- World War II
- 90th Anniversary
The Battle of Britain
This is an extract from Arthur Moreton’s "North Weald Airfield Eighty Five Years of Serving the Community".
The Battle for Britain began during the spring and summer of 1940 with the Luftwaffe targeting coastal towns and shipping. The North Weald squadrons quickly became heavily involved in fierce encounters with the Germans and many good men were killed. Everybody at the airfield felt the losses intensely, but under Beamish's command the station pulled together to do whatever was necessary to give the pilots the best possible chance in combat.
This, and similar situations like it at other fighter stations, was one of the reasons why the Luftwaffe turned its attention to the destruction of the RAF's airfields in the next phase of the battle.
The first major raids on RAF North Weald took place on the afternoon of 24 August, when more than 200 bombs fell on North Weald. At around 4.30pm German bombers and fighters, harassed by the defending RAF Hurricanes, headed for the airfield at around 15,000 feet and proceeded to drop bombs "in a straight line through the western part of the village across the Epping to Ongar road" before hitting the airfield itself.
The Officers Mess, the Officers and Airmen's Married Quarters, a powerhouse and other facilities were damaged. Nine young members of the Essex Regiment, who were attached to the airfield for ground defence, were among those killed that day. In North Weald High Road, the old Post Office, a cottage opposite the Kings Head and the Woolpack Pub were wrecked.
German attacks on the airfields of the southeast continued into early September and the aerial battles that took place in the skies over Essex were particularly brutal. So brutal that No 56 Squadron lost 11 aircraft in just five days of fighting and No 151 was reduced to just ten serviceable machines, The loss of pilots on 31st August was so great that both squadrons became non-operational and were withdrawn to Boscombe Down and Digby to reform. Their replacement squadrons - 249, 46 and 25 - had little time to get used to their new surroundings before plunging into action.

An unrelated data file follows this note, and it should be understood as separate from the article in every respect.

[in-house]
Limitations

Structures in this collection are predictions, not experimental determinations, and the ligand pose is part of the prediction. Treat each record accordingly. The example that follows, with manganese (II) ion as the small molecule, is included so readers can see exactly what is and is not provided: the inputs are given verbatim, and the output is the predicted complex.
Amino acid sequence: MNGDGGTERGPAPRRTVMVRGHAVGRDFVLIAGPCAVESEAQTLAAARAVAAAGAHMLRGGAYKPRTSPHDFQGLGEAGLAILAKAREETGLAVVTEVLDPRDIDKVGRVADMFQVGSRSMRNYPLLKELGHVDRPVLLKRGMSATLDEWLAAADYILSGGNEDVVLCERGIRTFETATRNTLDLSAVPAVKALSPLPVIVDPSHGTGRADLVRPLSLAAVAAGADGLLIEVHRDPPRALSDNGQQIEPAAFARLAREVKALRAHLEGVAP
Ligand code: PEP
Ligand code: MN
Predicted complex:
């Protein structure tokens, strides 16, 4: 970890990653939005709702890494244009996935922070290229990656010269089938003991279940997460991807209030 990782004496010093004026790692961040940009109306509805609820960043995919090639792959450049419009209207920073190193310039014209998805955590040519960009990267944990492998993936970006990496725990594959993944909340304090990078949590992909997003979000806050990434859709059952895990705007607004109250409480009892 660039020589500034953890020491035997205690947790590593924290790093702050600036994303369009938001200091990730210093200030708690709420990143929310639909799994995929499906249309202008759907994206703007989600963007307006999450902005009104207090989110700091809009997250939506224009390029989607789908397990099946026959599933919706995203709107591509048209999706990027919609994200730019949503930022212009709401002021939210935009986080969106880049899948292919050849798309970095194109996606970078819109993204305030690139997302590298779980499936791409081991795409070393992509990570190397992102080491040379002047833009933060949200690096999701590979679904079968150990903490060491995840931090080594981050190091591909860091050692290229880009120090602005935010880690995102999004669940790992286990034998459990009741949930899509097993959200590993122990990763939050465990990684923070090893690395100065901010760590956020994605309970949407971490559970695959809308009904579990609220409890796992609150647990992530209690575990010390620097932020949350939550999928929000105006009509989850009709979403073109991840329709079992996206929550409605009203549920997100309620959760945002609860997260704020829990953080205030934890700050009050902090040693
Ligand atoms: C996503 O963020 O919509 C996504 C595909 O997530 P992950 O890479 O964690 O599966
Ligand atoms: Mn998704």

On 3 September, just as the fighters were taking off, the Luftwaffe again bombed North Weald. The damage was substantial with aircraft, hangars, living quarters, the operations room and other station buildings destroyed - leaving 5 people dead and 39 injured.
The attacks exacerbated the exhaustion that all at the airfield felt, but Beamish was an inspiration throughout. Indeed, he flew regularly with No 46 Squadron and was awarded the DSO in recognition of his leadership skills.
Mid-September brought an opportunity for the station to catch its breath when the German attacks on airfields abated. But it was not long before the fighters were again in demand to combat German raids over London. Throughout this period, North Weald played a pivotal role in the struggle to keep the skies above the capital clear of enemy aircraft. Losses were heavy, but many in North Weald thought that at least the threat to the airfields had passed.
Sadly, they were wrong, for on 29 October, just a few days before the Battle of Britain ended, the station was bombed again,, killing six and wounding 42. This attack was an agonising end to a defensive battle that had seen North Weald and her resident squadrons emerge with a great deal of credit.
Thirty-nine aircrew from North Weald and its satellite airfield at Stapleford Tawney were killed during the "Battle of Britain period" [officially 10 July - 31 October]. But thanks to them and their comrades, on the ground and in the air, the airfield was never put out of action.
(Other parts of this history of North Weald will be published here periodically)
© A Moreton 2000
If you would like to know more about the Battle of Britain visit the Battle of Britain website.